“We have a number of troubled projects in Guyana and we consider this to be one of the troubled projects. It is fundamentally misconceived and mis-specified. Amaila was never intended to be a standalone project. It was always seen as a part of a multi-stage project for the implementation of hydropower in Guyana from its very inception more than a decade and a half ago,” he said. “It is part of the fundamental reason why the project is turning out to be such a disaster,” he said.
Thomas is concerned that the cost of any miscalculation of the project will fall on Guyana and not on any of the sponsors outside of the government.
According to Thomas, the estimated outlay for the project is well over US$1 billion. “And to that you have to add an additional US$250 million needed to make GPL ready to accept the electricity from the hydro scheme. I think that for the size of Guyana’s economy, this is a tremendous burden to add to the economy, when in addition to this we already have a debt of about US$1.4 billion. So this is a further doubling of the debt,” he said. He called the project a contingent liability since the government will have to guarantee the debt for the project and will be liable for covering it if the project fails.
He said that project financing for Amaila is based on GPL’s ability to purchase the power generated over the next 20 years at a cost of about US$100 million annually. “Now that comes up to US$2 billion. But as you all know, a dollar 20 years from now is not the same as a dollar today. Everybody knows that money in the future is worth less than money now,” he said. “When you convert that to its present value it comes up to just under US$1 billion and that is the basis at which we started our calculations of the cost of the project. Its present value makes it very clear that the liability involved in the project is within the region of US$1 billion,” he said.
“The intention of the project is to lower the price of electricity by 25 per cent to 40 per cent by the time [it] comes on stream. But as we have seen over the years, the price was initially given as US$0.07 per kwh, then it went up to US$0.10 pe4r kwh, then US$0.11 and now we are at a position where people are saying that the electricity may not be sold at that price,” he said. “In any investment, the size of the investment depends on the returns you get. If you cannot forecast the price but you can only forecast the quantity you are likely to sell, then you are in a situation where the project is not properly determined or executed,” he added.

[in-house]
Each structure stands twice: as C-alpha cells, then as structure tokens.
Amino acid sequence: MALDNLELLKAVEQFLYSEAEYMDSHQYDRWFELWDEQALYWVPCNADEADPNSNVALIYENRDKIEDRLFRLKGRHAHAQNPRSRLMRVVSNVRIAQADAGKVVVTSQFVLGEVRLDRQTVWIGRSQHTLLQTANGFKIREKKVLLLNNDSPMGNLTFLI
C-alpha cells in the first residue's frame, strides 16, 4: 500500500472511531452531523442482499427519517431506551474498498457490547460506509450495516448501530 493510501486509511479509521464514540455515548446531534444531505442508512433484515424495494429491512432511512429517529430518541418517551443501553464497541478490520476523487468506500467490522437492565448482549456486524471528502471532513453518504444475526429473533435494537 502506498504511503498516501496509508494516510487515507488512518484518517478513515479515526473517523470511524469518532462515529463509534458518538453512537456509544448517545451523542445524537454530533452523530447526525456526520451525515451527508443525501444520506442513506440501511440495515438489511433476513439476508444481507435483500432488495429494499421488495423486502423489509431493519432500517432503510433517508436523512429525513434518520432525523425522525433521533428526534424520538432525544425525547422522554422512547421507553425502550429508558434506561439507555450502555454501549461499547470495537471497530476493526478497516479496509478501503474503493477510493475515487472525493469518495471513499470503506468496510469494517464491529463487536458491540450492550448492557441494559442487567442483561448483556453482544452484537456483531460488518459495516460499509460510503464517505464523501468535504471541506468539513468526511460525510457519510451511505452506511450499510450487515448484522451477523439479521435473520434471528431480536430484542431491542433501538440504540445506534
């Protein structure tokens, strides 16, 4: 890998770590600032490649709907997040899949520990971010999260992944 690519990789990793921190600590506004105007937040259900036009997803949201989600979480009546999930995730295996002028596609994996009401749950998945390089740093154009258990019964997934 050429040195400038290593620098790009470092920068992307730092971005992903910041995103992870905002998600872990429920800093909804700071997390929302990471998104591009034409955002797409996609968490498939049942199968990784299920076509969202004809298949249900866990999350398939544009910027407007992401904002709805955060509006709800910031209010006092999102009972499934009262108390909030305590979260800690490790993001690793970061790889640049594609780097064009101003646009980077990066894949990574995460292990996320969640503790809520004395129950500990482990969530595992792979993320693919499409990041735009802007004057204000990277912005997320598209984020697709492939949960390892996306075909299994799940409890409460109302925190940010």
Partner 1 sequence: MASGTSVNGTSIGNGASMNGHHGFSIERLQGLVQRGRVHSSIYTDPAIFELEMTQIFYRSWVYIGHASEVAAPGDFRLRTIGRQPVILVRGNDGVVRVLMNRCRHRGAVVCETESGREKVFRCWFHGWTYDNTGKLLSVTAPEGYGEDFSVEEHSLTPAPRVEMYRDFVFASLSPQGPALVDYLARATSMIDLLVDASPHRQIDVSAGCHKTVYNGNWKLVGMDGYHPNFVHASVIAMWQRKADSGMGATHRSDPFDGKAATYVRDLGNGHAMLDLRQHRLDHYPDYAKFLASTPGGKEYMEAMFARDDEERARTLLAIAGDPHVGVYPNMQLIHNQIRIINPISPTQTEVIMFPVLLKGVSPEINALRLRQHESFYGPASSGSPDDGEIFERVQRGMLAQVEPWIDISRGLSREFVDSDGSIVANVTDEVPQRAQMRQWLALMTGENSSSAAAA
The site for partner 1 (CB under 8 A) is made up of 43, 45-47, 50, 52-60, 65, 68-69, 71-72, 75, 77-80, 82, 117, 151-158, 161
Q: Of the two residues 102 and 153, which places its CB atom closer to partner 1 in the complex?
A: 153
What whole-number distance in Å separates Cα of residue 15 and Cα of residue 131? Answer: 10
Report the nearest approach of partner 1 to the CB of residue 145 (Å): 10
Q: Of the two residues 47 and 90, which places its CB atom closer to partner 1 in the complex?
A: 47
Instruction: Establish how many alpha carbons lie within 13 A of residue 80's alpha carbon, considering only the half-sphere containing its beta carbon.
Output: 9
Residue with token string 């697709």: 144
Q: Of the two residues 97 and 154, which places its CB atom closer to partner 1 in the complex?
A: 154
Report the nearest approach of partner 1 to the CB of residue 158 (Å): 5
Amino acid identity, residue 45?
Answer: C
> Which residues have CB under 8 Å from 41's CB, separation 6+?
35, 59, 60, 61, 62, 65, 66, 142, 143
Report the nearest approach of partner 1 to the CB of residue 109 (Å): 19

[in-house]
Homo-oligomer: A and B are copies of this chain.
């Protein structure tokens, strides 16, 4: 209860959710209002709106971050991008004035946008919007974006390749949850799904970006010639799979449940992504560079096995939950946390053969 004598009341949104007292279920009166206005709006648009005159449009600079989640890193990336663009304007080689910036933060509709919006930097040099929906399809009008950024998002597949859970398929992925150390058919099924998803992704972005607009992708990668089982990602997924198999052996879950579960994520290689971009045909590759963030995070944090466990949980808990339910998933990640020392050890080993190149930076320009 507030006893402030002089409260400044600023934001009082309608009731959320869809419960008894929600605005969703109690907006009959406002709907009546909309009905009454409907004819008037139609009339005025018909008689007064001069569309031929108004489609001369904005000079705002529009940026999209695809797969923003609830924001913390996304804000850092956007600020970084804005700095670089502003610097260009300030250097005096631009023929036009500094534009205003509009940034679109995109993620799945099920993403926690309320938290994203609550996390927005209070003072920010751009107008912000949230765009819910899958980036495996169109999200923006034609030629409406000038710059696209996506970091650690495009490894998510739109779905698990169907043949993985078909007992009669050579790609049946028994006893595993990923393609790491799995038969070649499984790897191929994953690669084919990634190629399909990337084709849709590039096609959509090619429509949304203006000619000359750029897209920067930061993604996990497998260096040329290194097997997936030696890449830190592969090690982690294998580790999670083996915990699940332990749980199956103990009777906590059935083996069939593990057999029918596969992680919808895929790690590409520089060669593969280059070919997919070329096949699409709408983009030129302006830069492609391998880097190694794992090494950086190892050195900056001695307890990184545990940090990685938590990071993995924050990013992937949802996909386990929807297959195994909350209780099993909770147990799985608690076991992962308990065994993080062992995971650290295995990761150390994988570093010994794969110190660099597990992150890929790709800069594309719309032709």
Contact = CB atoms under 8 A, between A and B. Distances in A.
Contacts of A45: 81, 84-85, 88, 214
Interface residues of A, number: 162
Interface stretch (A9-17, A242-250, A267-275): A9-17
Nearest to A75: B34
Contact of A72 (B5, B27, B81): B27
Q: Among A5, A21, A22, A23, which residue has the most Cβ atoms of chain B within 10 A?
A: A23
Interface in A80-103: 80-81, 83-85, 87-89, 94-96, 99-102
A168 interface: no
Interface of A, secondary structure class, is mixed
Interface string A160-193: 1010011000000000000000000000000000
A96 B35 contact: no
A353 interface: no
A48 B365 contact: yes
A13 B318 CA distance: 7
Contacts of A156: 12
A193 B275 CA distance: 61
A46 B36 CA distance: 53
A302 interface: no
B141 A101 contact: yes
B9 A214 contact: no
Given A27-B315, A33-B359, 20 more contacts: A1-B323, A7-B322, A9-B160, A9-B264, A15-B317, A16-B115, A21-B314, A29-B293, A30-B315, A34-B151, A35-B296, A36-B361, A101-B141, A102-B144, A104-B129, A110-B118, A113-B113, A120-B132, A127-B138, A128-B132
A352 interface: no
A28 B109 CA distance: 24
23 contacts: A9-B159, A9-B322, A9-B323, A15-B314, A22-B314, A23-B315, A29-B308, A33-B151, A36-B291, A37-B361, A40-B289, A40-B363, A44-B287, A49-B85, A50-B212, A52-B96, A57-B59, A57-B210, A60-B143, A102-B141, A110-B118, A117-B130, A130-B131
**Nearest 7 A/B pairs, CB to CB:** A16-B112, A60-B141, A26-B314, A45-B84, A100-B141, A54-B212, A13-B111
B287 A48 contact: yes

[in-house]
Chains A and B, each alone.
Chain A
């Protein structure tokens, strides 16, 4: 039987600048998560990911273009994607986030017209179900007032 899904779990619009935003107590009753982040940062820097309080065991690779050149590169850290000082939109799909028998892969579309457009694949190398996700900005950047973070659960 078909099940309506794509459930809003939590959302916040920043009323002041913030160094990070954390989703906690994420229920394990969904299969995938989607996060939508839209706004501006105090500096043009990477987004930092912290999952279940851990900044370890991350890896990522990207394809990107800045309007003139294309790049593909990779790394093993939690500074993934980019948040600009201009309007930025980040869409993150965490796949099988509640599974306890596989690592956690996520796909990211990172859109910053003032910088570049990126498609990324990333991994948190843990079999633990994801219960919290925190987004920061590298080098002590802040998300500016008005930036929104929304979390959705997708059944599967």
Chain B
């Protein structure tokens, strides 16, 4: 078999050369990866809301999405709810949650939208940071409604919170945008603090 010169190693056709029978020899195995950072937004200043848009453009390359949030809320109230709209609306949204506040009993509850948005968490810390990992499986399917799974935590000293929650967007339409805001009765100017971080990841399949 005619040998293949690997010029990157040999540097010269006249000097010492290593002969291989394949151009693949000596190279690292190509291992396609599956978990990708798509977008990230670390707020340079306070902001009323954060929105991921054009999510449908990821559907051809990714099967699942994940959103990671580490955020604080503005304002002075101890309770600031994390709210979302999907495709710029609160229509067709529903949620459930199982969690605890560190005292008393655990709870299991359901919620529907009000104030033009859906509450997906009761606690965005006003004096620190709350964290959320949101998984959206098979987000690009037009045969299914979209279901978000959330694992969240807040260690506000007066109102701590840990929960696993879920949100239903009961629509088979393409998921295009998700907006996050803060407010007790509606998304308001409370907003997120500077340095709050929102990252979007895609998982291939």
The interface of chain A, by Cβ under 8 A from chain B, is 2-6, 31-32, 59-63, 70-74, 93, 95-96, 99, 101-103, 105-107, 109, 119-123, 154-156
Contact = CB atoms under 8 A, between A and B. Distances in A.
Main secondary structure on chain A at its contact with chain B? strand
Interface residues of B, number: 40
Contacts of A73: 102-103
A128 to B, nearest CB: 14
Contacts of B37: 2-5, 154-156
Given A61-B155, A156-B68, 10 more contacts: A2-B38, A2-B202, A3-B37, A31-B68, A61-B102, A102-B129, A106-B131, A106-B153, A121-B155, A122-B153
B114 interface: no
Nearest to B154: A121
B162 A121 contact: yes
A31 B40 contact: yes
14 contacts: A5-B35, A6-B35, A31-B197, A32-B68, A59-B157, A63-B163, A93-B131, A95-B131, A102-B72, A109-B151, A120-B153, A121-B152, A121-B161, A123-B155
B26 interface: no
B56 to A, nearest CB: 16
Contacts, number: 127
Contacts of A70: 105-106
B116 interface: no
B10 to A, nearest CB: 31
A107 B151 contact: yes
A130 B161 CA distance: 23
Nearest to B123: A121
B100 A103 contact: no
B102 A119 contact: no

Thomas asked whether the government could guarantee the supply of electricity from the project knowing GPL’s penchant for losses. Further, he said that by 2019, Amaila will not be supplying sufficient power for the country’s needs. “As far as the project is concerned, it is outdated in five to six years,” he said.
Further, Thomas said he is not happy that sections of the opposition are taking the position that they are prepared to support the project once the Inter-American Development Bank (IDB) gives the project its blessing at the end of the due diligence process now ongoing. AFC has publicly stated that it would support the project once the IDB finds it favourable.
“We feel that this is fundamentally a rejection of the responsibility which the political leadership owes the country. You cannot abandon your own responsibility to others,” he said. He pointed out that a feasibility study is only important insofar as it is available for independent assessment, since any feasibility study could be made to service whatever needs a particular investor had in mind.